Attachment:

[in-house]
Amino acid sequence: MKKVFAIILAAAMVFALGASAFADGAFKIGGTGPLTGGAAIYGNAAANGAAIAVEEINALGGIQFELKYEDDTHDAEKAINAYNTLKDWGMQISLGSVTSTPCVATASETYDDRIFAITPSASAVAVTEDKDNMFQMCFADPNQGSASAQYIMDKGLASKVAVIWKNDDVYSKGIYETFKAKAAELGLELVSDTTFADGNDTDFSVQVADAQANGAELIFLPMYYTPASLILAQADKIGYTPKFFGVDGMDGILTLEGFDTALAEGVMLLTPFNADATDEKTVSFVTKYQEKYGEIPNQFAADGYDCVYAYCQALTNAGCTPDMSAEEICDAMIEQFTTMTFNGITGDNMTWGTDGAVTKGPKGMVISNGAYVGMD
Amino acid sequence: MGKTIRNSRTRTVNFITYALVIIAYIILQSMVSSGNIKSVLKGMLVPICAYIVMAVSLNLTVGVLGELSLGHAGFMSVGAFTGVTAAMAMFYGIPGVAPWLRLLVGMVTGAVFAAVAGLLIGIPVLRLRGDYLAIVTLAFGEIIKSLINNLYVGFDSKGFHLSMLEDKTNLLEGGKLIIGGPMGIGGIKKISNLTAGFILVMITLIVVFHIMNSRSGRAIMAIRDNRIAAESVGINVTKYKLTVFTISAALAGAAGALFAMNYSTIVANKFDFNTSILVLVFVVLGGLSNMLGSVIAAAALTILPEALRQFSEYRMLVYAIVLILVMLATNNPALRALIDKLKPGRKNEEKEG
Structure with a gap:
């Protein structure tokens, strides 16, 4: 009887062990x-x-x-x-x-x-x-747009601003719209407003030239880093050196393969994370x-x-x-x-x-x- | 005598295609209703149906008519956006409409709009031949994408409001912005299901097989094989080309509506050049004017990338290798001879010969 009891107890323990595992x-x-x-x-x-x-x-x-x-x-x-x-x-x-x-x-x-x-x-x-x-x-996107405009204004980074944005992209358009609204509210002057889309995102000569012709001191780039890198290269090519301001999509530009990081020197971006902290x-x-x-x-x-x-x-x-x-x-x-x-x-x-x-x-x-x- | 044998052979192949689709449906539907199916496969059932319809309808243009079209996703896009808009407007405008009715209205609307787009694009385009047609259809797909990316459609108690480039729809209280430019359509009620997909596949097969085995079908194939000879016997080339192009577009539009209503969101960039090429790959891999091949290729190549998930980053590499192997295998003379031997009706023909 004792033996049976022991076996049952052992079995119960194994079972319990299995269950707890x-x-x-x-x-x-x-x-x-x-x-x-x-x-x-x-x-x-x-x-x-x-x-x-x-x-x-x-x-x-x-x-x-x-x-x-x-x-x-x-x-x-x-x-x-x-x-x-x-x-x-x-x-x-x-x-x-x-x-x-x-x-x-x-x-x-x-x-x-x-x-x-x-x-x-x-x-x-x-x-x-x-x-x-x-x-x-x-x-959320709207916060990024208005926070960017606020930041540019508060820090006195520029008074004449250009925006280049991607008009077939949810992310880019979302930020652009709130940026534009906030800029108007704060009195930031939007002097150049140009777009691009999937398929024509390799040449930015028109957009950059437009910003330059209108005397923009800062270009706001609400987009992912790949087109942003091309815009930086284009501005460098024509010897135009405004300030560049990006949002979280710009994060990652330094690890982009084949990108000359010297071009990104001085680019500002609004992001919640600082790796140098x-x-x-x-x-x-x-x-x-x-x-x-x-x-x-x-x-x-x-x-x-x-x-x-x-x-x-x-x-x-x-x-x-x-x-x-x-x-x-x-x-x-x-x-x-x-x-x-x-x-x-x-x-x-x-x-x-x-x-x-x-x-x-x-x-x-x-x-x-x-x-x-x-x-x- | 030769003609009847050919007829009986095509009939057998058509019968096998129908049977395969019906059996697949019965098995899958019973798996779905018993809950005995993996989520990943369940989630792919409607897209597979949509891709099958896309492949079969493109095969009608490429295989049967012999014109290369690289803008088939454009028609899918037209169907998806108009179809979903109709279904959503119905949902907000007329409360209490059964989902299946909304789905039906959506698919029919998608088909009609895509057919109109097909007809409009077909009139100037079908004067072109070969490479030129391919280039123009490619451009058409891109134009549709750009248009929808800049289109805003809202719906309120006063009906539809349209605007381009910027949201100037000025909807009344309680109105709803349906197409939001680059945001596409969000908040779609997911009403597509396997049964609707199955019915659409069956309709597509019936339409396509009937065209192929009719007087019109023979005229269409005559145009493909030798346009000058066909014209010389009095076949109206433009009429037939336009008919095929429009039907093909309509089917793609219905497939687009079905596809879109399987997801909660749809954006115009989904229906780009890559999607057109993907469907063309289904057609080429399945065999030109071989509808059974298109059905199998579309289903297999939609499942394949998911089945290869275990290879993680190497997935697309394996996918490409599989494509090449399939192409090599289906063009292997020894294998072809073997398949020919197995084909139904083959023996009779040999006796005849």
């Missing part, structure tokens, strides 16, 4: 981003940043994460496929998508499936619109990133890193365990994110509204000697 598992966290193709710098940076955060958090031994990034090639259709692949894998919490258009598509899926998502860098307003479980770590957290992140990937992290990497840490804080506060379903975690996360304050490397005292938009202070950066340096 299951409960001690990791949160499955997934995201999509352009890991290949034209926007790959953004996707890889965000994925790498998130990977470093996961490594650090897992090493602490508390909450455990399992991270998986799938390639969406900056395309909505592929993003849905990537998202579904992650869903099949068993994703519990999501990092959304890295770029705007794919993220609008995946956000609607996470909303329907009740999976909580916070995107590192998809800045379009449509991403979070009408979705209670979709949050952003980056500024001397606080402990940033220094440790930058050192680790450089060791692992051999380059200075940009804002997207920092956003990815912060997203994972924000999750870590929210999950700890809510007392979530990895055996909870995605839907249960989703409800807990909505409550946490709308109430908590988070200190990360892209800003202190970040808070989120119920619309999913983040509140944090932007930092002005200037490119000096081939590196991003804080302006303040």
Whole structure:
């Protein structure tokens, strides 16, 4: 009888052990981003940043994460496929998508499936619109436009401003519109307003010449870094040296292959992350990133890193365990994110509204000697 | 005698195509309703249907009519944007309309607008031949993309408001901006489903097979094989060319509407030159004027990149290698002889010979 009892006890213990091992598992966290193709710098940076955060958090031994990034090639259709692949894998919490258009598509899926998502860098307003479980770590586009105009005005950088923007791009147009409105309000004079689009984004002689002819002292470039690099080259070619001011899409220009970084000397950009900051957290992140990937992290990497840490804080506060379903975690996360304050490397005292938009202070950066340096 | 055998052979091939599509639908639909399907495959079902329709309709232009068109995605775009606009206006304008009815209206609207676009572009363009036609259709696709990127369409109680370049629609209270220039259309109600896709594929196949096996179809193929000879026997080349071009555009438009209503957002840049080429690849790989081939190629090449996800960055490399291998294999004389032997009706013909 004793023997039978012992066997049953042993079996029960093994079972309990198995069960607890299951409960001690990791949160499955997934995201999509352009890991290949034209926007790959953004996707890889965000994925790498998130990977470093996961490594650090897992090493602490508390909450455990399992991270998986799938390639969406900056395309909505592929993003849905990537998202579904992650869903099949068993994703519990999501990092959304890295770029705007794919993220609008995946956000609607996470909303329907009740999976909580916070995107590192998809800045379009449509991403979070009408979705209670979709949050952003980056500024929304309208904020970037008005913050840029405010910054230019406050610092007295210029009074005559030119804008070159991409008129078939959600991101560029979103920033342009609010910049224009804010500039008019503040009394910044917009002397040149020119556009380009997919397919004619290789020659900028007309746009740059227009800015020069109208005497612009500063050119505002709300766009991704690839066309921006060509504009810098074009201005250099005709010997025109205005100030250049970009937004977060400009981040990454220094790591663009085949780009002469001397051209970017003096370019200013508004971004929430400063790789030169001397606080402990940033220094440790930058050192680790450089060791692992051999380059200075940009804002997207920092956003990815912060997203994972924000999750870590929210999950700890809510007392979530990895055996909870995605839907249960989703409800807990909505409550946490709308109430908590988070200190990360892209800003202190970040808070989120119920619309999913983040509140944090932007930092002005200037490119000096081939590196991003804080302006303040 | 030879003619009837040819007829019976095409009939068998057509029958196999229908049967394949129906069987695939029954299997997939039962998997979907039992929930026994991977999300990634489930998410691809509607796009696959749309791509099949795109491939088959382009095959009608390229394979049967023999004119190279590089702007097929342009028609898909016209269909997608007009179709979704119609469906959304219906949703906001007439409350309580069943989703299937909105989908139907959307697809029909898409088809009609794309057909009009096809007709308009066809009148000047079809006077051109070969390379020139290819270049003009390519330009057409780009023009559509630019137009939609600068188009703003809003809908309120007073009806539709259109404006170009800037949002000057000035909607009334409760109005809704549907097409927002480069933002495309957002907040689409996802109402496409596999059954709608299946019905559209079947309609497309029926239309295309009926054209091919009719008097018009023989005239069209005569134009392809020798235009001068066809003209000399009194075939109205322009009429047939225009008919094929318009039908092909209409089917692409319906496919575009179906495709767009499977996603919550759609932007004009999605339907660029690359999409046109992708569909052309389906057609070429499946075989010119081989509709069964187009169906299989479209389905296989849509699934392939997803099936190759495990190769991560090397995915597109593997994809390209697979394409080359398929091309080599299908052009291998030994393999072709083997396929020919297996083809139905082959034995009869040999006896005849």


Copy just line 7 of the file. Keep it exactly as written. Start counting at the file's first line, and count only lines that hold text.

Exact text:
Whole structure: